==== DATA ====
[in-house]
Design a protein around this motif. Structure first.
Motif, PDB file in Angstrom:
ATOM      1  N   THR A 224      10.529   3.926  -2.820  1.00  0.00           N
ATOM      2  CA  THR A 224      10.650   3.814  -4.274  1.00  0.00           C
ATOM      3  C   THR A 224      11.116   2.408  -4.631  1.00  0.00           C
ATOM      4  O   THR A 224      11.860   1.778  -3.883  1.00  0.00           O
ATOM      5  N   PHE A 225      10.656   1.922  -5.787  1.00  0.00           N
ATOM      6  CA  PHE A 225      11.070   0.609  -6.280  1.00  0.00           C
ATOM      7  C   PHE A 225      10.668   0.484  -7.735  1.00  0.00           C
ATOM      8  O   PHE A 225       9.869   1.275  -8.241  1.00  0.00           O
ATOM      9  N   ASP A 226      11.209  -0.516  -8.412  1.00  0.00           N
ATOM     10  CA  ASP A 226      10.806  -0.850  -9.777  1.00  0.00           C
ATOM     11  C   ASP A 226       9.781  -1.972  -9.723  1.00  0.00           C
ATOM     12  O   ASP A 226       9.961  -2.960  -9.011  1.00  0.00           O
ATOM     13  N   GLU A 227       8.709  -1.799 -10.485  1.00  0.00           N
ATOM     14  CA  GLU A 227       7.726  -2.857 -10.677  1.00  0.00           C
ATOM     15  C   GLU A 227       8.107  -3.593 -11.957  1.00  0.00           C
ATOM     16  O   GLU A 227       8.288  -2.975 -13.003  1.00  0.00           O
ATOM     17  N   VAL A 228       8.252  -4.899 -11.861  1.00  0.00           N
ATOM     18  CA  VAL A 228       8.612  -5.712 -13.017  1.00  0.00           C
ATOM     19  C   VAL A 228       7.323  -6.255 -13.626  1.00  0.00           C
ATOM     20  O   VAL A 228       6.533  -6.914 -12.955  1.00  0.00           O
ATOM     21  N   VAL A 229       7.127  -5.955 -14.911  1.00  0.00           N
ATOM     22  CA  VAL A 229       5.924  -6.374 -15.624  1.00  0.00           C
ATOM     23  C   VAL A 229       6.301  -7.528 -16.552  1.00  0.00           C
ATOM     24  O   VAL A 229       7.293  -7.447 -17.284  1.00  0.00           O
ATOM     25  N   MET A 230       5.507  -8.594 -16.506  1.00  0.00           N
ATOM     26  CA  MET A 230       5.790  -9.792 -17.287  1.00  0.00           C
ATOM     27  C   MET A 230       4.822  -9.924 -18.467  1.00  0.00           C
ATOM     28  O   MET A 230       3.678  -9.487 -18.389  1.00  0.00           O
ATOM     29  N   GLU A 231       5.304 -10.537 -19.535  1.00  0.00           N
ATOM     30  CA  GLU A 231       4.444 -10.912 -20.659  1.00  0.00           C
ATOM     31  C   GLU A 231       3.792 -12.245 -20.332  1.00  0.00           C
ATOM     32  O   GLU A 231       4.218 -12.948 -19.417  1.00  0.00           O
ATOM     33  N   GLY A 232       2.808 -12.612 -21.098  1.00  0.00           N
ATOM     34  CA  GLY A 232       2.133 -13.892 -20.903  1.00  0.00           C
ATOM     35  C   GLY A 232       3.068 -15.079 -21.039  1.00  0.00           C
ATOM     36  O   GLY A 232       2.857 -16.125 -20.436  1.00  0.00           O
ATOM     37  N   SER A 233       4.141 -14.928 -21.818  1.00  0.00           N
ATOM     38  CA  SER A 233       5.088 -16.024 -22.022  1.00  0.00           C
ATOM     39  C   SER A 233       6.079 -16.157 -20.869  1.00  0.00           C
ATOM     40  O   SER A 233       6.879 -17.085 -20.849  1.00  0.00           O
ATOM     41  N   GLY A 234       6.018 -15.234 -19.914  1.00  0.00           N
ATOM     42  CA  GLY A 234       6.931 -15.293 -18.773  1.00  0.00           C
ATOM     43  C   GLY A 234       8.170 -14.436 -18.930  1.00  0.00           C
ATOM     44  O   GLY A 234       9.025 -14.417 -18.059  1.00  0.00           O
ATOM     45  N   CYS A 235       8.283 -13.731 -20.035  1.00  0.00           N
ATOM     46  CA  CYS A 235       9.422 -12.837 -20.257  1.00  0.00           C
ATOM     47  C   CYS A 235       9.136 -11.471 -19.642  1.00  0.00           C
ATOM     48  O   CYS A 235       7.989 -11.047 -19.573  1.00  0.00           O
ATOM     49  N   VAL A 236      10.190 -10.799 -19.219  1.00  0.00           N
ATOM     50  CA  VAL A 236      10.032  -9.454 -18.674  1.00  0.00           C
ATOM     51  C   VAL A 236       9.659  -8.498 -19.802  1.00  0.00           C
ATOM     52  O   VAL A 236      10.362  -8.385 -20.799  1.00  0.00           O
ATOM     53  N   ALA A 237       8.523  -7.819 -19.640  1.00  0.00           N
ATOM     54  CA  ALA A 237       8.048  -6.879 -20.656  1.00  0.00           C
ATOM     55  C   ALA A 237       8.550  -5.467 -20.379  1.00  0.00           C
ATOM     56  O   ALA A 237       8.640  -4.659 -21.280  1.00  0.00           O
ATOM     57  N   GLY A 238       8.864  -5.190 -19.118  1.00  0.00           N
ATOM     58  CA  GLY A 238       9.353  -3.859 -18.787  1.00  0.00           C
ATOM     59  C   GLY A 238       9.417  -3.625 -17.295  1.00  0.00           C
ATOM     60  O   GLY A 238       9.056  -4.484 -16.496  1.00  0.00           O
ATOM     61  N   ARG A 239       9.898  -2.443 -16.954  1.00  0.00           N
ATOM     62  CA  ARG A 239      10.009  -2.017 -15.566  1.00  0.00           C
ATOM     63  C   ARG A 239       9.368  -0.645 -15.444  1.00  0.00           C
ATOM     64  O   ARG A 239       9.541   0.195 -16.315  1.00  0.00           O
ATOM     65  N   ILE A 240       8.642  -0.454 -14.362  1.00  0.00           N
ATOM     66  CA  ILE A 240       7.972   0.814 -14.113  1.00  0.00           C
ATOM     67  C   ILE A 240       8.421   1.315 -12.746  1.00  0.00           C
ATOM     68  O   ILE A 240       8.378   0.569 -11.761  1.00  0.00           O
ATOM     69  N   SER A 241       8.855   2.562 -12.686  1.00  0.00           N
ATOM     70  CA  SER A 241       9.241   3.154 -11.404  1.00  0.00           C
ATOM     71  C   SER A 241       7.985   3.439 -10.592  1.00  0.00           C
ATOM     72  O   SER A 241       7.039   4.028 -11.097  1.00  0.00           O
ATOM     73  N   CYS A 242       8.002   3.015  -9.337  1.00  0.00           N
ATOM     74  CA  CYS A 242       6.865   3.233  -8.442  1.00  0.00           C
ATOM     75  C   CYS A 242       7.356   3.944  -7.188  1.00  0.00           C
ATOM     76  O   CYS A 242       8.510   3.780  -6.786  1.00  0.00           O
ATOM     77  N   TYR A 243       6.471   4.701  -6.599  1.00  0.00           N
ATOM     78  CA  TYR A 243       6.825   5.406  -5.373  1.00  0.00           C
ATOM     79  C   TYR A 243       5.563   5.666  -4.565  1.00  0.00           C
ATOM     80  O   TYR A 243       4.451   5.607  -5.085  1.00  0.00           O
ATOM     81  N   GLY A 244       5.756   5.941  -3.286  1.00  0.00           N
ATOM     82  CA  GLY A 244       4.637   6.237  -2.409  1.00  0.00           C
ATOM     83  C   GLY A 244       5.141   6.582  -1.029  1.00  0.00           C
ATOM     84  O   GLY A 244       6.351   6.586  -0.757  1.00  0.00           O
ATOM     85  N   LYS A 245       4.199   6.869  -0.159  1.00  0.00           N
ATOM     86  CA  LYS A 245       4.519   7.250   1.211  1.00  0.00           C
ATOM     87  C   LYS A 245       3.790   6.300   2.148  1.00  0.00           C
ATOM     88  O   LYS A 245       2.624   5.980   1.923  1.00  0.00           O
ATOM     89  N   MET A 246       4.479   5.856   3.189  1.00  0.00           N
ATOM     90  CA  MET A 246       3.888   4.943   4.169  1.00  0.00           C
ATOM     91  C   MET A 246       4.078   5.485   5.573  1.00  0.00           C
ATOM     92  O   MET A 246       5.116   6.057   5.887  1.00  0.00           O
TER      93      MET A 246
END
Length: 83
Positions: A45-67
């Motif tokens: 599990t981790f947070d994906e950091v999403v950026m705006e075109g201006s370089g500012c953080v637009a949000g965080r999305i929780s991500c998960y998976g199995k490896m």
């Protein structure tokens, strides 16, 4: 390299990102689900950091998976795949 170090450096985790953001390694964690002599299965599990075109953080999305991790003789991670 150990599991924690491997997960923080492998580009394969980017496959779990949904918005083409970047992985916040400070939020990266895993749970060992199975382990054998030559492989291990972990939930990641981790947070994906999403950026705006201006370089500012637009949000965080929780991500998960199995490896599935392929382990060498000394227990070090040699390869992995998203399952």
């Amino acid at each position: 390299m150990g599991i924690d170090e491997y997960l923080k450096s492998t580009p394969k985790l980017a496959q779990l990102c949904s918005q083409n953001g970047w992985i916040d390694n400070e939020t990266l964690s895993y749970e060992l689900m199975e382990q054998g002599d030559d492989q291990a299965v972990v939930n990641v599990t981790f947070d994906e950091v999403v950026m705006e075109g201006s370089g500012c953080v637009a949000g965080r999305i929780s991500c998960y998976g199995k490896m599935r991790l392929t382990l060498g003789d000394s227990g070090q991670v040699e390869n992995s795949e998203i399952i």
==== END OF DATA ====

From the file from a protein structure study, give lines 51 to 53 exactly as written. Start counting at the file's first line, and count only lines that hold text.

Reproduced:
ATOM     48  O   CYS A 235       7.989 -11.047 -19.573  1.00  0.00           O
ATOM     49  N   VAL A 236      10.190 -10.799 -19.219  1.00  0.00           N
ATOM     50  CA  VAL A 236      10.032  -9.454 -18.674  1.00  0.00           C